Sajid Javid is expected to throw his weight behind the controversial HS2 rail project at a key meeting on Thursday, after the Treasury concluded it will still deliver economic benefits despite spiralling costs.
The chancellor is poised to tell Boris Johnson and Grant Shapps, the transport secretary, that he believes the sums still add up despite the price tag having risen to an estimated £88bn.
A final decision is unlikely to be made until next week – but with value for money the main source of concern inside government, Javid’s backing removes an important obstacle.
Allies of Javid said Treasury officials had been scrutinising the economic case for the plan – and that he had concluded there was little alternative given the government’s stated aim of “levelling up” regions outside London.
However, the chancellor is expected to demand tighter budget controls over future stages of the project. A National Audit Office report concluded last week that the final cost of the scheme was “impossible to estimate with certainty”.
Before December’s election, Johnson postponed making a decision about the future of the 250mph Y-shaped rail network, which would link London, Birmingham, Manchester and Leeds.
HS2 has long been politically controversial but Johnson has tended to support public infrastructure schemes in the past, and during the election campaign he called it a project of “great national importance”.
The prime minister has also faced enthusiastic lobbying in favour of the rail link from northern mayors, including Conservative Andy Street, the mayor of Birmingham, who called HS2 “a once in a generation game-changing investment”.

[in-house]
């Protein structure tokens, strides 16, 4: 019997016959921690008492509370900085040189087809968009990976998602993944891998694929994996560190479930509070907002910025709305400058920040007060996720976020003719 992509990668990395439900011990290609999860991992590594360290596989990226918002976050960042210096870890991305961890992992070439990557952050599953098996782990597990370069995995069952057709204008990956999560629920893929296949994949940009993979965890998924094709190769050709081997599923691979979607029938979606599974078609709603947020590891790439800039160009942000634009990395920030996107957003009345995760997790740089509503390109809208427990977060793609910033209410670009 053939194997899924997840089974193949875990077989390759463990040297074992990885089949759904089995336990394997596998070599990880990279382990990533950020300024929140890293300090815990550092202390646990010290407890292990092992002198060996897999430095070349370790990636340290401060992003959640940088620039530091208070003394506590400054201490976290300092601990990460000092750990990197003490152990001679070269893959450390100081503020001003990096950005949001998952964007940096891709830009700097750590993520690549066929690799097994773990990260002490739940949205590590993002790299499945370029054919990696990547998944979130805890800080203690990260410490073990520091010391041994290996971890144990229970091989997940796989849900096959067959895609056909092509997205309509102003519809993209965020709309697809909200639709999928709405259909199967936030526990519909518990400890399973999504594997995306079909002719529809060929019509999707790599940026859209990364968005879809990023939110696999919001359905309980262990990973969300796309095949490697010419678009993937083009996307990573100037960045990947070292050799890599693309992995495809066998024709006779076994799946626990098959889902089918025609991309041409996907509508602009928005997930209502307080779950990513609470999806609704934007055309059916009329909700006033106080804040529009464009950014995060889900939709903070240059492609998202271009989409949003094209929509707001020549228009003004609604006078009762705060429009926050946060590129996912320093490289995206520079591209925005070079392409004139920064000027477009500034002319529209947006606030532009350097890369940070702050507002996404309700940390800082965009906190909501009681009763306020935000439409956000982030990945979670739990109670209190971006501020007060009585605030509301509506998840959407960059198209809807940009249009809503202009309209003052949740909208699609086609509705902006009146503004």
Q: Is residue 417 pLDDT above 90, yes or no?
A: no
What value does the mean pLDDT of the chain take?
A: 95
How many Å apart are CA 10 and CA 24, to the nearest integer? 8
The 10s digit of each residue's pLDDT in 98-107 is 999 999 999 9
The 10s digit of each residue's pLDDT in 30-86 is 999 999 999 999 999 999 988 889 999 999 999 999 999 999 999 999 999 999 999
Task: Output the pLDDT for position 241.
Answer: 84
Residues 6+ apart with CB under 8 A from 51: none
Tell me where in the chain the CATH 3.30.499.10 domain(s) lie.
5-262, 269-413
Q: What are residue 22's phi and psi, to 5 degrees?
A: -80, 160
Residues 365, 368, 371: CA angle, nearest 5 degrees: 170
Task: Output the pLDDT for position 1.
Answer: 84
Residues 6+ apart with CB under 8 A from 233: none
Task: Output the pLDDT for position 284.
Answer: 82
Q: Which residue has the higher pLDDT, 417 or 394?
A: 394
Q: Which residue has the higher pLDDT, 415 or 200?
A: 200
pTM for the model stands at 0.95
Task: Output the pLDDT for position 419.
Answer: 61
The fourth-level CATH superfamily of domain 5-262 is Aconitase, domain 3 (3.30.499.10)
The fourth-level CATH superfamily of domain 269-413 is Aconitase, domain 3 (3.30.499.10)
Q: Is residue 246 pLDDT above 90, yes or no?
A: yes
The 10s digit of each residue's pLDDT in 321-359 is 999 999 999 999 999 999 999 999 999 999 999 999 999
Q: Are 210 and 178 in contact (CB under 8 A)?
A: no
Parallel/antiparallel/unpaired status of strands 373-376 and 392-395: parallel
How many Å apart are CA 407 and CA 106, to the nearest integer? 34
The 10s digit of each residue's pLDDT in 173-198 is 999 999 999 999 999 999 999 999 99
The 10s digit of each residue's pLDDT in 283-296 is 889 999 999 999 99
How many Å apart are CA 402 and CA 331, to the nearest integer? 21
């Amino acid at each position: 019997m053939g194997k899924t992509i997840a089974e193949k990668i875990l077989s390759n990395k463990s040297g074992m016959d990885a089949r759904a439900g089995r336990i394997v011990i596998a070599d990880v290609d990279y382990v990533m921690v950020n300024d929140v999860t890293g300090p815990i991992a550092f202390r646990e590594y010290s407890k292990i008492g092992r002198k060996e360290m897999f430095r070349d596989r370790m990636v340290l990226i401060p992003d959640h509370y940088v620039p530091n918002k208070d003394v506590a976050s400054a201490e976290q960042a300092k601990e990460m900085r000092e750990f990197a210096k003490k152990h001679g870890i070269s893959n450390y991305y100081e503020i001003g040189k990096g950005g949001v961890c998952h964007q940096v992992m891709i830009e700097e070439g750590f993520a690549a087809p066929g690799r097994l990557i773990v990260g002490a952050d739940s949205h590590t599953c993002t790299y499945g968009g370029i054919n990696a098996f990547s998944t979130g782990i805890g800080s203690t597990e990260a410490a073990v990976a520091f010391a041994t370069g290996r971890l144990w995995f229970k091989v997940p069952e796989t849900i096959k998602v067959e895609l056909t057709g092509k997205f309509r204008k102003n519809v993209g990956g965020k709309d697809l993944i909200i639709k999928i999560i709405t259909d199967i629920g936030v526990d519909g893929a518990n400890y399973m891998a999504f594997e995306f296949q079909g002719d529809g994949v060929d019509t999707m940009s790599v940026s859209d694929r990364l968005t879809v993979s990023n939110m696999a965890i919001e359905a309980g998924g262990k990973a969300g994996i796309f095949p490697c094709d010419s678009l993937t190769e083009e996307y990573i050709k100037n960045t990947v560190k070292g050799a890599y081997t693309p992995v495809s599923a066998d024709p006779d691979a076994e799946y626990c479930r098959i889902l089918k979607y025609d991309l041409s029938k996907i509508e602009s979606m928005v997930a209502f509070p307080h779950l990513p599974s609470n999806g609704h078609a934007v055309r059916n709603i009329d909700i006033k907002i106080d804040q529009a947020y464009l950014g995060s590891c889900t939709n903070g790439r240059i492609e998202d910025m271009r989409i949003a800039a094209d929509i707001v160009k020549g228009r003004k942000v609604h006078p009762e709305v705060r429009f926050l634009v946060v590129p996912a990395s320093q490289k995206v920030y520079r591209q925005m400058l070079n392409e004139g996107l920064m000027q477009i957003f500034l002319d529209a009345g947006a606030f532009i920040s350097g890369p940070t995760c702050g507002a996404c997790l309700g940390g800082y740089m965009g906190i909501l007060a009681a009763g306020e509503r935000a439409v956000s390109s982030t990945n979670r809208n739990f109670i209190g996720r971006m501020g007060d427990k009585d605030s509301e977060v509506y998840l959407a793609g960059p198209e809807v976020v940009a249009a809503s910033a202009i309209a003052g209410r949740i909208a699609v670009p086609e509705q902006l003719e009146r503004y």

By contrast, a group of new Conservative MPs in “blue wall” northern seats have banded together to call for the project to be scrapped, and the money saved spent on smaller-scale infrastructure projects in the Midlands and the north.
But with the Treasury planning a significant increase in borrowing to fund investment, government sources suggest Tory MPs can be reassured that many of these projects may still be affordable even if HS2 goes ahead.
The Treasury is currently reviewing the way the government assesses the costs and benefits of public sector projects. Changes to the so-called “green book”, which sets the framework for officials to judge value for money, are expected to work in favour of schemes such as HS2, by allowing a wider definition of economic benefits to be included.
Johnson was asked by Conservative backbencher Kevin Hollinrake at PMQs on Wednesday: “Does the prime minister agree that we need to increase capacity in our railways in and between the north, the Midlands, the south and Scotland, and unless we want decades of disruption, the only way to do this through the Midlands engine rail, northern powerhouse rail and HS2?” He would only reply that an announcement would be made “very shortly”.